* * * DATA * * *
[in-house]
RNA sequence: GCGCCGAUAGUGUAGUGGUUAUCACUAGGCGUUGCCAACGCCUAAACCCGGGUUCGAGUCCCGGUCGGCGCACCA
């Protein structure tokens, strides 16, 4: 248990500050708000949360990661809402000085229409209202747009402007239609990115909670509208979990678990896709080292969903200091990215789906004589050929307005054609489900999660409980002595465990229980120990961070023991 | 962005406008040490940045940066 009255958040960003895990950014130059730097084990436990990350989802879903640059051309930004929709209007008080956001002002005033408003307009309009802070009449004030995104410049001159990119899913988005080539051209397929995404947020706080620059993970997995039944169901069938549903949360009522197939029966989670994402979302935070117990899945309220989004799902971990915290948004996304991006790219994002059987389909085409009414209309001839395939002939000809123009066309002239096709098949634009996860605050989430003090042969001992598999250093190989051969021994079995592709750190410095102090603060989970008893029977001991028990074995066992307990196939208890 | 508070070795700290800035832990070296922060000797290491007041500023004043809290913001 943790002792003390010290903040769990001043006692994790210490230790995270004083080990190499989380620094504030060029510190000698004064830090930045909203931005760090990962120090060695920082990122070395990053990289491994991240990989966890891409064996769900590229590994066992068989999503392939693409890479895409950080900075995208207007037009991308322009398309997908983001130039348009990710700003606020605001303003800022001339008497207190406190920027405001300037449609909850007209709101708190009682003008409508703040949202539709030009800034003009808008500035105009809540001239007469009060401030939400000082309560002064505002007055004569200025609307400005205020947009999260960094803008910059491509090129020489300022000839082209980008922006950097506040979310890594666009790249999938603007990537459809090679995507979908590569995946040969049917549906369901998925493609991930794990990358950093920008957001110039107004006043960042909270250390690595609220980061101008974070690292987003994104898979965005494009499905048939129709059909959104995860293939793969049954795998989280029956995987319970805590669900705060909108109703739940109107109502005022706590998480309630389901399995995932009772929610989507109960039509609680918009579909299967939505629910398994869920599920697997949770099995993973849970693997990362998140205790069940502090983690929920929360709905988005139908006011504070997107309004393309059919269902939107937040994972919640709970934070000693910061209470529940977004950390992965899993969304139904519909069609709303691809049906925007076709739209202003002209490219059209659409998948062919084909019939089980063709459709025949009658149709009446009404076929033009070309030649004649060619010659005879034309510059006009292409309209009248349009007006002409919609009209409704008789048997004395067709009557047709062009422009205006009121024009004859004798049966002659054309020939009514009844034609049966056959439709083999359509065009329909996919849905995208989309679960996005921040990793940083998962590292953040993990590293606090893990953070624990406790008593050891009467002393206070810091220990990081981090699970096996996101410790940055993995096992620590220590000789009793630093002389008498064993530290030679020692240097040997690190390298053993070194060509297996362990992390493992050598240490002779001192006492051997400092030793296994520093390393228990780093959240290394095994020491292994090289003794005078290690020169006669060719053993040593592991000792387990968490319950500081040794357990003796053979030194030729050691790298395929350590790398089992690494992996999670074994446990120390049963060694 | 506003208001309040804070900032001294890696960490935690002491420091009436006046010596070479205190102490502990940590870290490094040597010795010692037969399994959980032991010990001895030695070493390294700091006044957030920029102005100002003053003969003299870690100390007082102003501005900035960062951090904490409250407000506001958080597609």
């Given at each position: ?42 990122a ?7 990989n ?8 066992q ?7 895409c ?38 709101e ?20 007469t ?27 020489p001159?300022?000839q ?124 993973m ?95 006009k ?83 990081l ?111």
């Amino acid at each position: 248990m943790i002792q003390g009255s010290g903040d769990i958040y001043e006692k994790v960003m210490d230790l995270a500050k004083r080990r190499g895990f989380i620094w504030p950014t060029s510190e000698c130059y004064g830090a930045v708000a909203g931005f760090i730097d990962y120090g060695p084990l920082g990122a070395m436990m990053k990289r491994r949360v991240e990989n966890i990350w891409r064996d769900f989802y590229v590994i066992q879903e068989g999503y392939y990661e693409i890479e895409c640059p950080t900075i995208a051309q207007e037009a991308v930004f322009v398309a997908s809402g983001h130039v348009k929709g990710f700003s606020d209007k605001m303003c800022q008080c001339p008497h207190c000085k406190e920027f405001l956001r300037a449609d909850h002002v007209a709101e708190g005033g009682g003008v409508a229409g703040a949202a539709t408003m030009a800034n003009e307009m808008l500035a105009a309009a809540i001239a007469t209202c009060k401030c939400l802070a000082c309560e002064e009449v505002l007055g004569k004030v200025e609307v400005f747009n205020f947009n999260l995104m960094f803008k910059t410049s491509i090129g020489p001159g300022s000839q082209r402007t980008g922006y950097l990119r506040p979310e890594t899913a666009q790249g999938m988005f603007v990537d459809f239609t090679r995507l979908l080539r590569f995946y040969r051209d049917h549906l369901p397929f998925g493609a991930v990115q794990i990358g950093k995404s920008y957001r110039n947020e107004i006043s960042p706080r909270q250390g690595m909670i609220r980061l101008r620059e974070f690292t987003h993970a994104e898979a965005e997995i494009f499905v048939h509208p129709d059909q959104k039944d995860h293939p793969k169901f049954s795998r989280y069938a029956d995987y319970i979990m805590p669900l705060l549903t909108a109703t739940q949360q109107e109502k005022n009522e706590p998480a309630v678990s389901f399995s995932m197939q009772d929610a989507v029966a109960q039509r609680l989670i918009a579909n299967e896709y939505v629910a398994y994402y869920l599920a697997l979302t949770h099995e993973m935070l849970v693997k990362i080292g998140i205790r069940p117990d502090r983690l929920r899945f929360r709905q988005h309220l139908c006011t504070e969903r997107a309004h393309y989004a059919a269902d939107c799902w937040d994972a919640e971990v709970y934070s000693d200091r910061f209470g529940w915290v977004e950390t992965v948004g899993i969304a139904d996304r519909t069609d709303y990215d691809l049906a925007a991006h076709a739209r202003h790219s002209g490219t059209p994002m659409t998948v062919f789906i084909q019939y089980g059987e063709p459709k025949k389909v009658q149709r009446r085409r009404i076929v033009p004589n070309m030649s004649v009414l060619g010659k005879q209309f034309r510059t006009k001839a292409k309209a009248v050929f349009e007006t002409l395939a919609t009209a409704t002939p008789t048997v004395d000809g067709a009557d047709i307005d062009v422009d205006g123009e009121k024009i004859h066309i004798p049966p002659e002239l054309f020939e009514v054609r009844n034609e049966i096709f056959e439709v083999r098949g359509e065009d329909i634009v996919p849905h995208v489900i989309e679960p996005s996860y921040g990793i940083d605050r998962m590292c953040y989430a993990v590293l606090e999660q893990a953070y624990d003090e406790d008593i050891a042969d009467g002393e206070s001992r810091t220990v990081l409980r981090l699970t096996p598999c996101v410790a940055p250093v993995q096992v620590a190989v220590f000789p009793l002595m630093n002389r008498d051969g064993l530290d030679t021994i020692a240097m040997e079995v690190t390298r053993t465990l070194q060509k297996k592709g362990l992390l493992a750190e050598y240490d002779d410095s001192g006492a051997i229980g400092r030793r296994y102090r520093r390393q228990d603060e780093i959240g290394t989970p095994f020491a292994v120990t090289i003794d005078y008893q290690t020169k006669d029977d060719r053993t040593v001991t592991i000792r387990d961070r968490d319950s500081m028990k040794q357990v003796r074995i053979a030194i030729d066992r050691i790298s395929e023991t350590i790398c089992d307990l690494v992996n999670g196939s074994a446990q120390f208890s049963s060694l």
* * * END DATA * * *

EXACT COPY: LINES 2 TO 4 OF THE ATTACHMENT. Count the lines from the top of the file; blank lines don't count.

RNA sequence: GCGCCGAUAGUGUAGUGGUUAUCACUAGGCGUUGCCAACGCCUAAACCCGGGUUCGAGUCCCGGUCGGCGCACCA
């Protein structure tokens, strides 16, 4: 248990500050708000949360990661809402000085229409209202747009402007239609990115909670509208979990678990896709080292969903200091990215789906004589050929307005054609489900999660409980002595465990229980120990961070023991 | 962005406008040490940045940066 009255958040960003895990950014130059730097084990436990990350989802879903640059051309930004929709209007008080956001002002005033408003307009309009802070009449004030995104410049001159990119899913988005080539051209397929995404947020706080620059993970997995039944169901069938549903949360009522197939029966989670994402979302935070117990899945309220989004799902971990915290948004996304991006790219994002059987389909085409009414209309001839395939002939000809123009066309002239096709098949634009996860605050989430003090042969001992598999250093190989051969021994079995592709750190410095102090603060989970008893029977001991028990074995066992307990196939208890 | 508070070795700290800035832990070296922060000797290491007041500023004043809290913001 943790002792003390010290903040769990001043006692994790210490230790995270004083080990190499989380620094504030060029510190000698004064830090930045909203931005760090990962120090060695920082990122070395990053990289491994991240990989966890891409064996769900590229590994066992068989999503392939693409890479895409950080900075995208207007037009991308322009398309997908983001130039348009990710700003606020605001303003800022001339008497207190406190920027405001300037449609909850007209709101708190009682003008409508703040949202539709030009800034003009808008500035105009809540001239007469009060401030939400000082309560002064505002007055004569200025609307400005205020947009999260960094803008910059491509090129020489300022000839082209980008922006950097506040979310890594666009790249999938603007990537459809090679995507979908590569995946040969049917549906369901998925493609991930794990990358950093920008957001110039107004006043960042909270250390690595609220980061101008974070690292987003994104898979965005494009499905048939129709059909959104995860293939793969049954795998989280029956995987319970805590669900705060909108109703739940109107109502005022706590998480309630389901399995995932009772929610989507109960039509609680918009579909299967939505629910398994869920599920697997949770099995993973849970693997990362998140205790069940502090983690929920929360709905988005139908006011504070997107309004393309059919269902939107937040994972919640709970934070000693910061209470529940977004950390992965899993969304139904519909069609709303691809049906925007076709739209202003002209490219059209659409998948062919084909019939089980063709459709025949009658149709009446009404076929033009070309030649004649060619010659005879034309510059006009292409309209009248349009007006002409919609009209409704008789048997004395067709009557047709062009422009205006009121024009004859004798049966002659054309020939009514009844034609049966056959439709083999359509065009329909996919849905995208989309679960996005921040990793940083998962590292953040993990590293606090893990953070624990406790008593050891009467002393206070810091220990990081981090699970096996996101410790940055993995096992620590220590000789009793630093002389008498064993530290030679020692240097040997690190390298053993070194060509297996362990992390493992050598240490002779001192006492051997400092030793296994520093390393228990780093959240290394095994020491292994090289003794005078290690020169006669060719053993040593592991000792387990968490319950500081040794357990003796053979030194030729050691790298395929350590790398089992690494992996999670074994446990120390049963060694 | 506003208001309040804070900032001294890696960490935690002491420091009436006046010596070479205190102490502990940590870290490094040597010795010692037969399994959980032991010990001895030695070493390294700091006044957030920029102005100002003053003969003299870690100390007082102003501005900035960062951090904490409250407000506001958080597609």
């Given at each position: ?42 990122a ?7 990989n ?8 066992q ?7 895409c ?38 709101e ?20 007469t ?27 020489p001159?300022?000839q ?124 993973m ?95 006009k ?83 990081l ?111």